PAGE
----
Over South African rooibos tea (with a splash of coconut milk), VIBE sat down with Alicia Keys in a back room at Jungle City to discuss the superstar singer’s new We Are Here organization, being covered on the upcoming Aretha Franklin Sings the Great Diva Classics, working with Pharrell on her new album and her hopes for New York City hip-hop. —John Kennedy
VIBE: First and foremost, congrats on your second pregnancy. What has it been like your second time around?
Alicia Keys: It’s so beautiful, so exciting. A miracle. It’s my second time but it still feels like wonderment, like, whoa, how does this happen? Of course my son asked me that question the other day, which I was not quite ready for—Mommy, how did the baby get inside of your belly?
Has the experience been any different the second time around?
I’ve heard every pregnancy is different. This one was definitely different from Egypt. I felt more tired, more kind of sick than I was the first time, but overall I feel more confident and comfortable. The first time I’d be freaking out like, The music’s too loud, it’s going to hurt the baby, stuff like that. You’re like extra overthinking everything. This time it’s much more calm.
Have you been putting headphones on your stomach?
I didn’t do that yet. But I’ll be at the piano singing, like, Aight baby, you ready? We gonna do it like this! So the baby definitely hears a lot of music.
Where did the idea to release a nude pregnant photo with the peace sign on your belly come from?
Well, the song “We Are Here” started from this question that I was asked in a group of friends. They asked me, Why are you here? And I thought that was such a deep question because I’ve never been directly asked that before. It started to make me think. This created the song with the backdrop of everything that’s going on in the world. So much tragedy and violence. That’s been affecting us all and definitely affecting me, so that all came together to the song We Are Here. I believe the answer is, we are here for all of us.
I would sit with my friends and be like, If we’re unhappy with the things that we see, what do we do? We got hundreds of thousands of people marching in the street, but what is that going to do? Almost like this feeling that we can’t change things. We have a right to feel like that because for many years, I think we feel like you don’t see a lot of progress. But we definitely have the power to create progress. That was where this idea came from to start what we’re now calling the We Are Here Movement, about gathering as many voices as we can to sign up. All of our voices put together definitely makes a lot of noise and that noise does evoke change. Maybe we do rallies, maybe we’re signing petitions, maybe we need 300,000 signatures to get in front of this Congressperson, to get in front of Senate, so we can start to reform different policies or laws. I wanted there to be a space where we could use our collective voice for change.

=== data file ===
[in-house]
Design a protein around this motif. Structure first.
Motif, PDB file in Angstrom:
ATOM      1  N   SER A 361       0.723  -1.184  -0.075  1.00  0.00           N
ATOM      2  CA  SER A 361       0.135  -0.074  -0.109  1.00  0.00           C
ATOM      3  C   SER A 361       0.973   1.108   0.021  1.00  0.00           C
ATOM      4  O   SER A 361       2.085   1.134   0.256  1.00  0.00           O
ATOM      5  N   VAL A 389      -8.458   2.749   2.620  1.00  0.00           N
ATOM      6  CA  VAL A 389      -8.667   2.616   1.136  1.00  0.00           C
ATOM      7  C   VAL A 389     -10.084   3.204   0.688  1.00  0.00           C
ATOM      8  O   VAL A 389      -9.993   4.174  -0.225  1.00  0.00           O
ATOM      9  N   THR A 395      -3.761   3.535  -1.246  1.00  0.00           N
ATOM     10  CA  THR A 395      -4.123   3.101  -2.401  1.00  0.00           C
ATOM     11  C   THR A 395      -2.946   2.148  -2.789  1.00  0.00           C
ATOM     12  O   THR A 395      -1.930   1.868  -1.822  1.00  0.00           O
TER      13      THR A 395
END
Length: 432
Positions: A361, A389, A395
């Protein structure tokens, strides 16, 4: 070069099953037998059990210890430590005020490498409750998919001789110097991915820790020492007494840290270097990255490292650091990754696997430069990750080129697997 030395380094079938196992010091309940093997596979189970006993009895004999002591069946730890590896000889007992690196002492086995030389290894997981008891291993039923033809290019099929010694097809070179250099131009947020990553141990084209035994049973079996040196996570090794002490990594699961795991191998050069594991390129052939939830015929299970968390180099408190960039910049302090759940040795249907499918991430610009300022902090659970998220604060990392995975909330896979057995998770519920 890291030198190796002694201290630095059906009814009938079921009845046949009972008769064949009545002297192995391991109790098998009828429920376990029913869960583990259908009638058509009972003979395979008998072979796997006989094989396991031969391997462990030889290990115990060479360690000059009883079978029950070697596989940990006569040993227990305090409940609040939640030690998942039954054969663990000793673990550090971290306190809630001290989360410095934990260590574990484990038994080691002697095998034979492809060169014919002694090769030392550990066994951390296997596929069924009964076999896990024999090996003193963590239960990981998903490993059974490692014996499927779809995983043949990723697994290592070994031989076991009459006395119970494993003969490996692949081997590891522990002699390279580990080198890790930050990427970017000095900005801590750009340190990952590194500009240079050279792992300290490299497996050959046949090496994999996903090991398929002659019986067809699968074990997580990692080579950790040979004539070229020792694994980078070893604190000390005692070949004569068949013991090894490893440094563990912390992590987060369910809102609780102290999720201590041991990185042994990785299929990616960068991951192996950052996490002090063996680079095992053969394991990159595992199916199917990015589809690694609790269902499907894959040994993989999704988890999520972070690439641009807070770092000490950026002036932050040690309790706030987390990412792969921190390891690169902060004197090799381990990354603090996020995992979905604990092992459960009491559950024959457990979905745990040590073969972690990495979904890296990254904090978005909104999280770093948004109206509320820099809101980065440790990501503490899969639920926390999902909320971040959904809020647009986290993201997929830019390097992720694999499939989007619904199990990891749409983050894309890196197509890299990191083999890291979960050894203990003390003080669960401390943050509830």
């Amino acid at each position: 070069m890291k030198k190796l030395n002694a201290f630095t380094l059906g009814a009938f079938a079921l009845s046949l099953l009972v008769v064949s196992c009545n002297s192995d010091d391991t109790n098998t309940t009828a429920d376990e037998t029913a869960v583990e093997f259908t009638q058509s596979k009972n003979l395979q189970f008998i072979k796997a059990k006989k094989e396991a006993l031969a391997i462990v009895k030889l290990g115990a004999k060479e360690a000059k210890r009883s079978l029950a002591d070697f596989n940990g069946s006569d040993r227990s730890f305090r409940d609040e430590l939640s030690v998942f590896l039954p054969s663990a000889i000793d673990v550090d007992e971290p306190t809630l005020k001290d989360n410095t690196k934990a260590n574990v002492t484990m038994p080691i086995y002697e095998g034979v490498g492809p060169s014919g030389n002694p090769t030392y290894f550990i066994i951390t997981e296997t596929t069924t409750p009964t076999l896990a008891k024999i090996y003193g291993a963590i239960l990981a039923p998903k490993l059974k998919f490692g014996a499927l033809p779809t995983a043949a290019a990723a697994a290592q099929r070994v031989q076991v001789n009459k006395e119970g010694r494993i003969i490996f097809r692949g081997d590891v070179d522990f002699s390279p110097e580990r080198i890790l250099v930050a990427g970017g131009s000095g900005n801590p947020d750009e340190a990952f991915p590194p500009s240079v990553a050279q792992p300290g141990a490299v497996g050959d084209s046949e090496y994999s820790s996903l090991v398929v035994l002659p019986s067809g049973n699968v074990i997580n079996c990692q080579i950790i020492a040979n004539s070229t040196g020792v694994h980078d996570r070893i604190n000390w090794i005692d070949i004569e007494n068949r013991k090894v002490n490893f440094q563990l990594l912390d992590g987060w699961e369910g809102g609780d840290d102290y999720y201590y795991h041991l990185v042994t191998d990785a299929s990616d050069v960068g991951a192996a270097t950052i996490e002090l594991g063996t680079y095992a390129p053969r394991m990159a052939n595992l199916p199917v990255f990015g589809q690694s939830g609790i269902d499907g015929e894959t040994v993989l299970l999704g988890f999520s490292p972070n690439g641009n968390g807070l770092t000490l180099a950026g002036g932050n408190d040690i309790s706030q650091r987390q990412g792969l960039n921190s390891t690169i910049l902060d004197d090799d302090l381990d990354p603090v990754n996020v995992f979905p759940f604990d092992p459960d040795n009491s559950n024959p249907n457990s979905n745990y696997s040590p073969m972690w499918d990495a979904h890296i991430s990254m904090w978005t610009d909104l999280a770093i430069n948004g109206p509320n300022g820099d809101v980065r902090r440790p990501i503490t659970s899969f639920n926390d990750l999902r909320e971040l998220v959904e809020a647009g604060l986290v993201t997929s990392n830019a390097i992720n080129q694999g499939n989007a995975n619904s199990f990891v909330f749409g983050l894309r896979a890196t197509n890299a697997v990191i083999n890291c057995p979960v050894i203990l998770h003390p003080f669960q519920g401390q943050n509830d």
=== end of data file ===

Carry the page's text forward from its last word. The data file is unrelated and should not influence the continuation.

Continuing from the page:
It’s you and me on a mission to create a kinder and more peaceful world. The #WeAreHere Movement begins today. Read more here and thank you @nickkristof for sharing your bright voice with all of us. (Link in bio)
So the image was really a conversation starter and a statement for me saying, I believe that no matter where we’re from or what we believe in, we can all agree that we want a safer world for our children. So the peace sign on my belly is really about giving birth to a more peaceful world for all of us, but especially for children. We’re not with children getting killed, lives being stopped short. Children in war-torn countries, or Chicago, or Ferguson, anywhere. So that’s what that picture was about, and how that picture was supposed to provoke the dialogue about the We Are Here Movement.
Kendrick Lamar’s new song “i” is also a positive record that focuses on self-love. Have you heard it yet?
Nah, I gotta hear it. I’ma listen to it right after this. But I do know that when creative people are able to put their emotion behind what they feel, what they’re going through, what they see around them—that’s what music is for. It does start to create a shift in what people are feeling or relating to. In the ’70s, Marvin Gaye, Aretha Franklin, Nina Simone, Curtis Mayfield, we were exposed to a certain type of music that spoke about a certain topic. Our own self-respect, our own image of ourselves was shaped by those songs. It gave us that intelligence, what we’d talk about or represent, what we’d feel or how we’d interact with people. It all comes from what we’re hearing, seeing, and watching. So I love that Kendrick—there’s a power that starts to shift the consciousness and what you’re exposed to. It’s not our fault if we’re not exposed to anything else. That’s why music is so powerful.
You mentioned Aretha Franklin, who is covering one of your records on her upcoming Aretha Franklin Sings the Great Diva Classics LP. That must be incredibly humbling to have a legend like her singing one of your records.
I think I know what song she’s doing—I’m not sure if that’s secret or not. But I did hear this version of an Ella Fitzgerald song. When her voice came on, I was like, “Oh shit!” That’s how you know when a special thing exists. Just her voice suddenly became this whole other energy. She’s just dope. To be able to be a part of that, of her legacy, don’t have no complaints out of me. She told me at shows she sings “You Don’t Know My Name.” So that’s an honor. Who ever dreams of that?
You have some new music of your own coming up, too. Girl on Fire was very much you coming into your own as a woman, a mom, a wife. It was a self-declaration. Is there an overarching feeling on this next project?
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